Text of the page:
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HIKING

Hot Springs: Soaking Up Some Arkansas Charm

April 04, 1993|JOHN McKINNEY

Banners across Central Avenue proclaim Hot Springs the hometown of Bill Clinton.

Not the President's birthplace, mind you. That distinction belongs to Hope, Ark. Hot Springs, some 55 miles southwest of Little Rock, is where young Bill spent his formative years.

Unlike more isolated Arkansas towns, "The National Spa," as the resort has long billed itself, has received--and still receives--visitors from across America and around the world. By Arkansas standards, the town is quite cosmopolitan.

Hot Springs is also home to a national park. It's an unusual one: Most national parks are large natural areas with small resort towns clustered at their borders; Hot Springs is a good-sized town surrounded by a small park.

First to bathe in the hot springs--by some evidence, 10,000 years ago--were American Indians. Tah-ne-co , they called it. Among warring tribes, the springs were considered neutral ground, a place to talk peace.

The gangster set made Hot Springs a hot spot. During Prohibition, Al Capone headquartered his operations there. On one side of Central Avenue were speak-easies, gambling dens and brothels; on the other side, elegant bathhouses run by reputable businessmen and physicians, under the supervision of national park rangers.

In less hurried times, folks came for a week of soaking. Today's traveler usually takes one traditional bath of warm and hot soaks, then a brief stay in a steam cabinet, plus an (optional) massage.

European spa culture was not the only facet of resort life imported to Hot Springs. So was the idea of hiking your way to good health. Something called the "Vertel System of Graduated Exercise" had proven successful at the celebrated springs of Nauheim, Germany.

In 1915, a color-coded trail system was cut into the Hot Springs hillsides above Bathhouse Row. After a morning of mercury rubbing, ozone inhaling and electro- hydric massaging, spa visitors were encouraged to hit the trail. Thousands hiked, though some took the easy way up Hot Springs Mountain and rented a burro. Handrails along the pathways offered safe passage for hikers, and a convenient place to hang laundry.

Though hiking for health is rarely a part of the modern doctor's prescription, the Hot Springs trails of old are still used for fitness and pleasure. Hot Springs Park sponsors an annual Volksmarsch, or "People's Walk," in October--a tip of the hat to the German tradition of community-based walking.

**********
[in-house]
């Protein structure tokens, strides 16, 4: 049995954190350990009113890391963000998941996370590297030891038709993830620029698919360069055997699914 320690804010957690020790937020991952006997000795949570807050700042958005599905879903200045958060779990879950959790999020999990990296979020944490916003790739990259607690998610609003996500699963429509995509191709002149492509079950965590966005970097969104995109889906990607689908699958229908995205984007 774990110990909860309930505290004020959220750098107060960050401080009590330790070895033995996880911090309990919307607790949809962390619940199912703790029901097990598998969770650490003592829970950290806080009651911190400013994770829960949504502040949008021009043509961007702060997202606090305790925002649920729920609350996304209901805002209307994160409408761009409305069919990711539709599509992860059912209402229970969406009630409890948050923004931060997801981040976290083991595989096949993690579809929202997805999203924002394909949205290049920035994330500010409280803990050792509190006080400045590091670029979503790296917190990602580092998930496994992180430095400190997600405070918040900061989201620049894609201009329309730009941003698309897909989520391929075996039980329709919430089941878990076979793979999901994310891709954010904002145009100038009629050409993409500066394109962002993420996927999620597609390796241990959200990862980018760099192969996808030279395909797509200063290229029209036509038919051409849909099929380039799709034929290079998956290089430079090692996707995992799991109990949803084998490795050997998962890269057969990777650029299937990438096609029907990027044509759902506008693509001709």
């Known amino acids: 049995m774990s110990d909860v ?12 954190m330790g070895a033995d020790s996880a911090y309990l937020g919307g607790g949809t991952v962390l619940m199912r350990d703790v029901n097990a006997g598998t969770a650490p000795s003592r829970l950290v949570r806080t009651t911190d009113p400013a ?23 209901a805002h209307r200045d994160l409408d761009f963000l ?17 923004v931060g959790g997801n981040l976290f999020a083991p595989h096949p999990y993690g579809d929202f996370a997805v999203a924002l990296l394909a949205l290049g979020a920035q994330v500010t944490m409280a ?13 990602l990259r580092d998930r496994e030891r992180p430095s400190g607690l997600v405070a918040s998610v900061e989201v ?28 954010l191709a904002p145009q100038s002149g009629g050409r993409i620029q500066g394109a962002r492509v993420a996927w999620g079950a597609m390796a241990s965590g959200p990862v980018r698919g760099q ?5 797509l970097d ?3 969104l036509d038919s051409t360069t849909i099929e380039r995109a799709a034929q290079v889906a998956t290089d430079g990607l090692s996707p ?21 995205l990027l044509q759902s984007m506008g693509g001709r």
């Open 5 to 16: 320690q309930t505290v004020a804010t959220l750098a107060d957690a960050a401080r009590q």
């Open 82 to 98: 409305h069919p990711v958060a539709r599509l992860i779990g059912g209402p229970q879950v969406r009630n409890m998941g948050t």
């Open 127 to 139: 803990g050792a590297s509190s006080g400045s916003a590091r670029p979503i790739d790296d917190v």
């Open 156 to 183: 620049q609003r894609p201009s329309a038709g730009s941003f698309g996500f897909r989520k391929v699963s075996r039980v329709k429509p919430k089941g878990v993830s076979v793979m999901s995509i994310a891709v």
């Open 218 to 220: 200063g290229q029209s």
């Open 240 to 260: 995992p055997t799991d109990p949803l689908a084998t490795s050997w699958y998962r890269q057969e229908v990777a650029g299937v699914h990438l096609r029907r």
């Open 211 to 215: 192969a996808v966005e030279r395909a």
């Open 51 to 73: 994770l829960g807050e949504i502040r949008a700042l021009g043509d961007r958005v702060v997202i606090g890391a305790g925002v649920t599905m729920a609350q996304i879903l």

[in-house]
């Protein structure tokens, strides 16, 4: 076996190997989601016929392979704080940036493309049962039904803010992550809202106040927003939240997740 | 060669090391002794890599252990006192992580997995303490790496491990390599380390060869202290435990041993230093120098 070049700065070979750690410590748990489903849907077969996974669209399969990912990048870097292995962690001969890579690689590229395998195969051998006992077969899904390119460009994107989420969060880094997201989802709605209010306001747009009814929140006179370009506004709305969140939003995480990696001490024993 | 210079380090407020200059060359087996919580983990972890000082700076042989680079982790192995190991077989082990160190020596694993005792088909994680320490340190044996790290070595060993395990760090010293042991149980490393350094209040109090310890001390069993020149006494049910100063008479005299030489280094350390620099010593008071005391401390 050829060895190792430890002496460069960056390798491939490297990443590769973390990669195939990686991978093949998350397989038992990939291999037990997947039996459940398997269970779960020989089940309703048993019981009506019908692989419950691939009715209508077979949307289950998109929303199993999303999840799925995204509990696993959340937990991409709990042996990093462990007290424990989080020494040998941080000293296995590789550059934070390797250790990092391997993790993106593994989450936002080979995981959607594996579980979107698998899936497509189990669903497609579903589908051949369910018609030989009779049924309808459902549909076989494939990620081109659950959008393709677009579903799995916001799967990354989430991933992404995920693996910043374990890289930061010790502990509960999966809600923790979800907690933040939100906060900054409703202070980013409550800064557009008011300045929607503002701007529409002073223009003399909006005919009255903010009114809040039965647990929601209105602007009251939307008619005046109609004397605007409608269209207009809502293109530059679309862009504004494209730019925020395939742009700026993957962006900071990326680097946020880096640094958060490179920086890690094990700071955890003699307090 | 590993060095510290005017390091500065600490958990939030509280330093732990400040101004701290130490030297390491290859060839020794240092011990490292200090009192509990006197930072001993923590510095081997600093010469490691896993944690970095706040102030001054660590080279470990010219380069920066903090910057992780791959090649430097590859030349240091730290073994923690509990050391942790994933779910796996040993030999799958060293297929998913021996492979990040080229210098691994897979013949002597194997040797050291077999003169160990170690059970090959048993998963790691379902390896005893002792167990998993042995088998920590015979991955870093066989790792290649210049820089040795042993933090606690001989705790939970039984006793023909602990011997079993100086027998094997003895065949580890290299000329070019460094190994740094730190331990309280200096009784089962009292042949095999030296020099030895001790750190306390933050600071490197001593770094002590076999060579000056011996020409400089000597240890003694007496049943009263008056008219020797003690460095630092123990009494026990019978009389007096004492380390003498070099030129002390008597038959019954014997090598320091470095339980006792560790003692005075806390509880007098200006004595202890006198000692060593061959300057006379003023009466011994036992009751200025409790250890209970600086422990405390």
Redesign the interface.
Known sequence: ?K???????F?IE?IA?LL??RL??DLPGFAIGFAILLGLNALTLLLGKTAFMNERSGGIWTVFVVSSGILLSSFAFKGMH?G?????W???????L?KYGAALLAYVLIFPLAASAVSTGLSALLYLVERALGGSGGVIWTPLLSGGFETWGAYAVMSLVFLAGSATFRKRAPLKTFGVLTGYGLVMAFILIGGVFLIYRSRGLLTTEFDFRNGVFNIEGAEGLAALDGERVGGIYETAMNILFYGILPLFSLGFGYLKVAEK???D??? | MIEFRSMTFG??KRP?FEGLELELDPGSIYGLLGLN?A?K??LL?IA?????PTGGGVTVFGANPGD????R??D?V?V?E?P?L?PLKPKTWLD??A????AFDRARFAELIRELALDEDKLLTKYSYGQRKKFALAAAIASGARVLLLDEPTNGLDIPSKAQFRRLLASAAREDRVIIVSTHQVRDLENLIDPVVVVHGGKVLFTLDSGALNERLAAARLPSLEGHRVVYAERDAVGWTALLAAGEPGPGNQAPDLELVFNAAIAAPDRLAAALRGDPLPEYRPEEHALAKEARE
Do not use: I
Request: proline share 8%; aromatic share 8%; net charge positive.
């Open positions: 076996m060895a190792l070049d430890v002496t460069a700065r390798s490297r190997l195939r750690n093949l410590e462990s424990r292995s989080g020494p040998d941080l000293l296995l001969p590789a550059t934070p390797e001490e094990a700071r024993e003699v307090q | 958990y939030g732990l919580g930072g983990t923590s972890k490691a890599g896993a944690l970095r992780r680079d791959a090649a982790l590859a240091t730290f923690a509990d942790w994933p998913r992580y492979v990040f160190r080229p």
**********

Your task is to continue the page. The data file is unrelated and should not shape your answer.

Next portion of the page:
Behind Bathhouse Row is a horseshoe-shaped ridge. Music Mountain (elevation 1,405 feet) is the park's highest peak. The mountain is composed of erosion-resistant sandstone and novaculite (a fine-grained rock used for whetstones). Thick forests of oak and hickory blanket the slopes.

Ready yourself for your hike by filling your water bottle at the Thermal Water Jug Fountain and by consulting the park map. The park's trail system is divided into two parts. On one side of Highway 7 (Central Avenue, downtown Hot Springs) is a network of short trails that contours up and around Hot Springs Mountain. On the other side of town are longer and more remote paths that tour West Mountain and Sugarloaf Mountain.

Among the Hot Springs Mountain Trails are Dogwood Trail, which is one to take in the spring when the park's predominant flowering tree bursts into bloom. You can observe a bit of the park's geology by hiking the short Tufa Terrace Trail past outcroppings of tufa rock, formed by mineral deposits from the hot springs. Dead Chief Trail contours around Hot Springs Mountain to the park's picnic ground and campground.

In a hurry? Peak Trail (half a mile long) is the shortest and steepest route from Bathhouse Row to the summit of Hot Springs Mountain. This mountaintop has long been the locale for a series of observation towers.

For a 7 1/2-mile adventure and good aerobic workout, take West Mountain Trail, then Sunset Trail, which follows the horseshoe-shaped ridge back of town. When you've finished hiking this long loop, you'll be ready for a soak in the springs.

Hike with John McKinney's "Walk Los Angeles: Adventures on the Urban Edge " ($14.95). Send check or money order to Los Angeles Times Syndicate, Dept. 1, Times Mirror Square, Los Angeles 90053.

Hot Springs / Arkansas, Dogwood, Peak, Sunset Trails Where: Hot Springs National Park, 55 miles southwest of Little Rock. Distance: 7 1/2 miles round trip. Terrain: Timber-covered Ouachita Mountains. Highlights: Trailside views of President Clinton's hometown, and an apres-hike dip in mineral springs. Degree of difficulty: Easy to moderate. For more information: Contact Superintendent, Hot Springs National Park, P.O. Box 1860, Hot Springs, Ark., 71902, (501) 623-1433.

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